Green fuels for aviation
Researchers at the Paul Scherrer Institute PSI and the partner institute Empa have started a joint initiative called SynFuels. The goal is to develop a process for producing kerosene from renewable resources. In this way liquid fuel mixtures of the highest quality, which would allow the most residue-free combustion possible and thus be suitable for aircraft propulsion, should be obtainable using carbon dioxide and hydrogen from renewable resources.
Mobility without fossil fuels – in aviation too: SynFuels, the new joint initiative of Empa and PSI, aims to make an important contribution towards this goal. Over the next three years, the two Swiss research institutes will jointly search for practical ways of linking carbon dioxide and hydrogen to form longer-chain molecules and thus produce synthetic fuels. An ambitious but worthwhile target is to make these fuels suitable even for an aircraft engine, explains Thomas J. Schmidt, head of the Energy and Environment Division at PSI: "Aviation fuels are the fuels with the highest quality. If we can manage to produce them from renewable resources, then we will also be able to synthesise all other kinds of fuel."
For the foreseeable future, there's no way around kerosene in aviation – be it fossil-based or synthetically produced. Kerosene is a mixture of hydrocarbons with very precisely specified chemical and physical properties that must be strictly maintained to ensure the economy and safety of flight operations. A synthetic fuel must of course have the same properties. "A synthesis process that produces such fuels from renewable resources is thus highly sought after," says Brigitte Buchmann, head of the Mobility, Energy, and Environment Department at Empa. The Board of the Swiss Federal Institutes of Technology (ETH) is funding the SynFuels programme with 6.2 million Swiss francs over the next three years.
Fuels from renewable sources
Carbon dioxide and hydrogen are the starting materials for the manufacturing process to be developed. The carbon dioxide comes from various sources, such as from biomass, directly from ambient air, or from industrial manufacturing processes such as cement production. The hydrogen required, in turn, is generated from water with the help of renewable electric power.
The liquid fuel is not synthesized in a single step, but via one or more intermediates such as methane, carbon monoxide, methanol, ethylene, or dimethyl ether. During the course of the SynFuels initiative, the researchers want to determine the advantages these different production methods offer as well as the challenges they pose. A special focus is being placed on achieving better selectivity in the synthesis of both intermediates and products. Analyses to determine the synthesised fuel's ecological footprint, its potential contribution to greenhouse gas reduction in Switzerland, and the economic viability of the manufacturing process are also important parts of the project.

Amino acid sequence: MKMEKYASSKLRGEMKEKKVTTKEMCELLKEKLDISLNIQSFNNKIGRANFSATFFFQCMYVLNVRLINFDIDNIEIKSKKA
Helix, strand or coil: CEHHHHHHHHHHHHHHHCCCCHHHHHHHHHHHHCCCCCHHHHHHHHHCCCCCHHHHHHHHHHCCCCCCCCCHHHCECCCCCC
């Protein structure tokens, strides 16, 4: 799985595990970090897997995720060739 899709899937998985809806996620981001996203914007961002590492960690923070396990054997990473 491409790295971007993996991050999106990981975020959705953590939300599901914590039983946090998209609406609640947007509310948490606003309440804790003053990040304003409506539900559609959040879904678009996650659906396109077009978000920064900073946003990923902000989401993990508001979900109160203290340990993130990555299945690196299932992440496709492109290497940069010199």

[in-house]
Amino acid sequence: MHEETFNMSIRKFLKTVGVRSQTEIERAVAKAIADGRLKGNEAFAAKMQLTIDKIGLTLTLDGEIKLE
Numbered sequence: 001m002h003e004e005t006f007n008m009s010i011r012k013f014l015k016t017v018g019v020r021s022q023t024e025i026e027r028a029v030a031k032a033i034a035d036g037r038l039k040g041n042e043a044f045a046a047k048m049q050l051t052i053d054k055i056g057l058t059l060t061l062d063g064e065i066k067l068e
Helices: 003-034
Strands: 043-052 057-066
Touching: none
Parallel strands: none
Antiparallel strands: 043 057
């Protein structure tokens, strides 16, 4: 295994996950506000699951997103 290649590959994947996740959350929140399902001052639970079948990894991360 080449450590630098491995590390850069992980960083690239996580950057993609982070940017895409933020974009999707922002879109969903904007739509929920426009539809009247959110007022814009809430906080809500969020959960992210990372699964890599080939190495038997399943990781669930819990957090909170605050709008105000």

Ideal partners for innovation
"Empa and PSI complement each other wonderfully in working towards these ambitious goals," says Thomas J. Schmidt. PSI is mainly building on its experience with the test platform ESI, short for Energy System Integration. ESI tests renewable energy alternatives in their complex interaction. "The production of liquid fuels is a natural extension of something we have been investigating at PSI for a long time: the synthesis of renewable methane," Schmidt explains. Methane gas is the simplest hydrocarbon that can be produced from carbon dioxide and hydrogen.
Empa, too, has been engaged with using renewable energy to produce fuels for some time. Switzerland's first hydrogen filling station was created as part of its mobility demonstrator, called move. In addition, the plant is currently being expanded to include a new methanation process. "The collaboration of our two institutions allows us to put more emphasis on liquid hydrocarbons," says Brigitte Buchmann. "These are essential for mobility without fossil fuels – especially in the air or on the water."
Catalysts – substances that activate a chemical reaction, or make it possible in the first place, without being consumed in the process – are the key to the success of the project. At Empa as well as at PSI, researchers are investigating various catalysts and processes that enable the stepwise conversion of carbon dioxide and hydrogen into liquid hydrocarbons on the molecular level. The catalysts are being used in chemical as well as electrochemical processes.
The Swiss Light Source SLS will be an important aid in the SynFuels programme, Thomas J. Schmidt explains. "With measurements at SLS, we will precisely characterise the catalysts and the reactions carried out to understand which can deliver the best results." With this large research facility, the collaborators can gain insights into the reaction mechanisms and investigate, for example, how the catalysts change during their operation and how these changes affect the range of products.
Text: Paul Scherrer Institute/Brigitte Osterath, Empa/Stephan Kälin